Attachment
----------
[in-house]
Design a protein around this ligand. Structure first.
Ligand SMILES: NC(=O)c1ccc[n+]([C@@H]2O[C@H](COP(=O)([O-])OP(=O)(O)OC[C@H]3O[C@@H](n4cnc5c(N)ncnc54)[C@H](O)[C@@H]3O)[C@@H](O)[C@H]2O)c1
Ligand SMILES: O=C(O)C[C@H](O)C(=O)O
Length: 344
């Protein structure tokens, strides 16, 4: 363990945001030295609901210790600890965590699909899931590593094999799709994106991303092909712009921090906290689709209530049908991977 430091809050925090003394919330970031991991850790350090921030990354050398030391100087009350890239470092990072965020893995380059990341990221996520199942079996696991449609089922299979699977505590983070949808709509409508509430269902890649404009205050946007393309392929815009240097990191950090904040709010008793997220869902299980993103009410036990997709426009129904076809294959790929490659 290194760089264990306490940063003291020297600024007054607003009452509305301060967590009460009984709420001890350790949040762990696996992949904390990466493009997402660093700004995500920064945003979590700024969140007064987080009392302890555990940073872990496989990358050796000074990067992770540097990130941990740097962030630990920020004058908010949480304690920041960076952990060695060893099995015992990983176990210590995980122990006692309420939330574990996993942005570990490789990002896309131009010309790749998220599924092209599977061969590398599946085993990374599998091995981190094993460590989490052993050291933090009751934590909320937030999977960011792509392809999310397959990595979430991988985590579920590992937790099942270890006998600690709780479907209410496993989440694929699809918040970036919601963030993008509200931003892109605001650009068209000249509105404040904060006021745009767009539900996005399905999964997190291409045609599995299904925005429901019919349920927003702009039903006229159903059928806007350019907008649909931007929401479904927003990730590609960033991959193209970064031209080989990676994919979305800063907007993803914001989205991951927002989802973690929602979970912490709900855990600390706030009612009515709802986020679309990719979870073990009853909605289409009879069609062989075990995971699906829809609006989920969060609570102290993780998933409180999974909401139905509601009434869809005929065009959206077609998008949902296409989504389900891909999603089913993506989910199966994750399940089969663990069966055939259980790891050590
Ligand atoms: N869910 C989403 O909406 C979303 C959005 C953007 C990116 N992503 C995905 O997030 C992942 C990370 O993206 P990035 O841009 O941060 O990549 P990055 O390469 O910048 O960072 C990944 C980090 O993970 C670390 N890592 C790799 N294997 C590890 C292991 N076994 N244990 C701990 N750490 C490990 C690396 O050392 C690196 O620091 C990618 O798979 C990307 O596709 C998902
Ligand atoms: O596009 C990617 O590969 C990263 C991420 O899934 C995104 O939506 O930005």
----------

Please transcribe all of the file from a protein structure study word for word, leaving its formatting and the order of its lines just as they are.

[in-house]
Design a protein around this ligand. Structure first.
Ligand SMILES: NC(=O)c1ccc[n+]([C@@H]2O[C@H](COP(=O)([O-])OP(=O)(O)OC[C@H]3O[C@@H](n4cnc5c(N)ncnc54)[C@H](O)[C@@H]3O)[C@@H](O)[C@H]2O)c1
Ligand SMILES: O=C(O)C[C@H](O)C(=O)O
Length: 344
């Protein structure tokens, strides 16, 4: 363990945001030295609901210790600890965590699909899931590593094999799709994106991303092909712009921090906290689709209530049908991977 430091809050925090003394919330970031991991850790350090921030990354050398030391100087009350890239470092990072965020893995380059990341990221996520199942079996696991449609089922299979699977505590983070949808709509409508509430269902890649404009205050946007393309392929815009240097990191950090904040709010008793997220869902299980993103009410036990997709426009129904076809294959790929490659 290194760089264990306490940063003291020297600024007054607003009452509305301060967590009460009984709420001890350790949040762990696996992949904390990466493009997402660093700004995500920064945003979590700024969140007064987080009392302890555990940073872990496989990358050796000074990067992770540097990130941990740097962030630990920020004058908010949480304690920041960076952990060695060893099995015992990983176990210590995980122990006692309420939330574990996993942005570990490789990002896309131009010309790749998220599924092209599977061969590398599946085993990374599998091995981190094993460590989490052993050291933090009751934590909320937030999977960011792509392809999310397959990595979430991988985590579920590992937790099942270890006998600690709780479907209410496993989440694929699809918040970036919601963030993008509200931003892109605001650009068209000249509105404040904060006021745009767009539900996005399905999964997190291409045609599995299904925005429901019919349920927003702009039903006229159903059928806007350019907008649909931007929401479904927003990730590609960033991959193209970064031209080989990676994919979305800063907007993803914001989205991951927002989802973690929602979970912490709900855990600390706030009612009515709802986020679309990719979870073990009853909605289409009879069609062989075990995971699906829809609006989920969060609570102290993780998933409180999974909401139905509601009434869809005929065009959206077609998008949902296409989504389900891909999603089913993506989910199966994750399940089969663990069966055939259980790891050590
Ligand atoms: N869910 C989403 O909406 C979303 C959005 C953007 C990116 N992503 C995905 O997030 C992942 C990370 O993206 P990035 O841009 O941060 O990549 P990055 O390469 O910048 O960072 C990944 C980090 O993970 C670390 N890592 C790799 N294997 C590890 C292991 N076994 N244990 C701990 N750490 C490990 C690396 O050392 C690196 O620091 C990618 O798979 C990307 O596709 C998902
Ligand atoms: O596009 C990617 O590969 C990263 C991420 O899934 C995104 O939506 O930005």